Simple, Safe, Cheap Record Cleaning
This is a simple, cheap and fairly safe way to clean a vinyl record. There is very little chance of damaging your albums. And, it's cheap because you can get your records clean with everyday household items.
Before you start cleaning, know this, soap and water is not the best way to clean a record for two reasons :
Even the best soaps leave a residue (so make due without it if possible) and;
It's better to minimize or avoid physical contact with the surface of the record.
But if you need to clean a record and you aren't too fussy, this will do the trick.
What you Need to Clean Vinyl Records at Home with Soap and Water:
Dish Soap (Not the best solution but it will do if you have dirty records and little cash)
Warm Water (Distilled and De-Ionized if Possible)
A Soft Cloth (Lint Free)
A Carbon Fibre Brush (Dry) or Cloth for Cleaning Bifocals
Step 1 : Remove Dust
You should remove dust and loose particles from the surface before any deep cleaning.
A carbon fibre brush passed lightly along the playing surface will do the trick.
The brush is not intended to enter into the grooves of the record.
The carbon bristles help disperse any static charge that will cause dust particles to stick to your record.
If you do not have a carbon fiber brush, try to find a cloth for cleaning glasses or cell phone screens.
Pass the cloth over the surface of the vinyl record gently in the direction of the grooves.
Be gentle. We don't want to push dirt into the grooves or drag particles across the surface of the album.
This is simply to brush off loose particles. For a deeper clean, we'll use some good old fashion soap and water.
Step 2 : Prepare the Cleaning Solution
This is just soap and water. But try cleaning your records with just the distilled warm water. All soaps and even most alcohols will leave a residue. That's not to say that you can't use any solution other than pure water - just use it sparingly and rinse well. If you do that, a little bit of soap to help break down some of the grease won't hurt.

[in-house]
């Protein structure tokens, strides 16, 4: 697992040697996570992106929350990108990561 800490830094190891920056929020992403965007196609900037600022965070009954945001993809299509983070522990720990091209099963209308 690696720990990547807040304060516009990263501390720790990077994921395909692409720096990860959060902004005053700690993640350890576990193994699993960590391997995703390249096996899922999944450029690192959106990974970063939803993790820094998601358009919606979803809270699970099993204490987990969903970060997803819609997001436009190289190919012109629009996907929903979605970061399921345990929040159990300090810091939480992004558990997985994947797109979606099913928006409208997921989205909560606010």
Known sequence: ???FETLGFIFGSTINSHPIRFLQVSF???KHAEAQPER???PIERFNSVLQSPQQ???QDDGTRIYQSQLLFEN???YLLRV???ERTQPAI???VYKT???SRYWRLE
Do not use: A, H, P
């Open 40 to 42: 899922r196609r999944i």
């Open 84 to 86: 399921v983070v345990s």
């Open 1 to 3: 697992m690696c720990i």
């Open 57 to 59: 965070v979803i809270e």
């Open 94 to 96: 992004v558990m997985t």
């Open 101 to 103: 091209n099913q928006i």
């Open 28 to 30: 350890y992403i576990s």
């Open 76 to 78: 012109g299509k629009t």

Put the warm water in the bowl.
The water shouldn't be too hot.
Some vinyl record collectors will suggest using very hot water. While, yes, hot water does take off dirt more readily. We all have experienced that. Heat is not good for vinyl records. Even though the melting point of poly-vinyl-chloride may be well above that of boiling water. There really isn't any reason to risk your hands or your records with extreme conditions.
The water just needs to be warm enough so that the soap can dissolve easily.
Mix in a small amount of dish soap and stir. Use as little soap as possible. In fact, try not use any at all.
Step 3 : Clean the Record
The cloth you use to clean the record should be soft and absorbant. Do not use rags or old t-shirts.
The clothes used for polishing cars work really well. They only cost a few bucks, they are reusable and they can be found in any automobile accessories department.
Wrap the cloth over your index finger and dip your finger tip into the bowl of warm lightly-soaped water.
The cloth shouldn't be wet enough to leave any wetness on the record. Therefore, drying the vinyl record after cleaning should be a non-issue.
Now, gently rub your cloth-covered soapy finger over the vinyl record in a circular motion along the grooves.
Go in concentric circles clockwise from the center around the record until you reach the outside edge.
Then go in the opposite direction - counter-clockwise around the record spiraling inwards towards the label - like the stylus does.
Clean the record evenly.
Keep your finger tips flat. Do not use your nails.
Do not get the label wet. If there is some wetness on the record, just use a clean part of your cloth to gently absorb it then brush the record with your carbon fibre brush.
Step 4 : Repeat
Once your water or cloth is dirty, it's time to start again. Get a new bowl of warm soapy water and use a clean section of your cloth.
Step 5 : "Rinse"
Do one final pass using only the distilled water just to make sure there isn't any soap residue left behind.
If this doesn't work to your satisfaction or you have a large number of records to clean, use a professional record cleaning kit or record cleaning machine.
Keep in mind though, regular maintenance is the best way to keep a vinyl record collection in good shape.
For a complete summery on vinyl handling check the whole story here.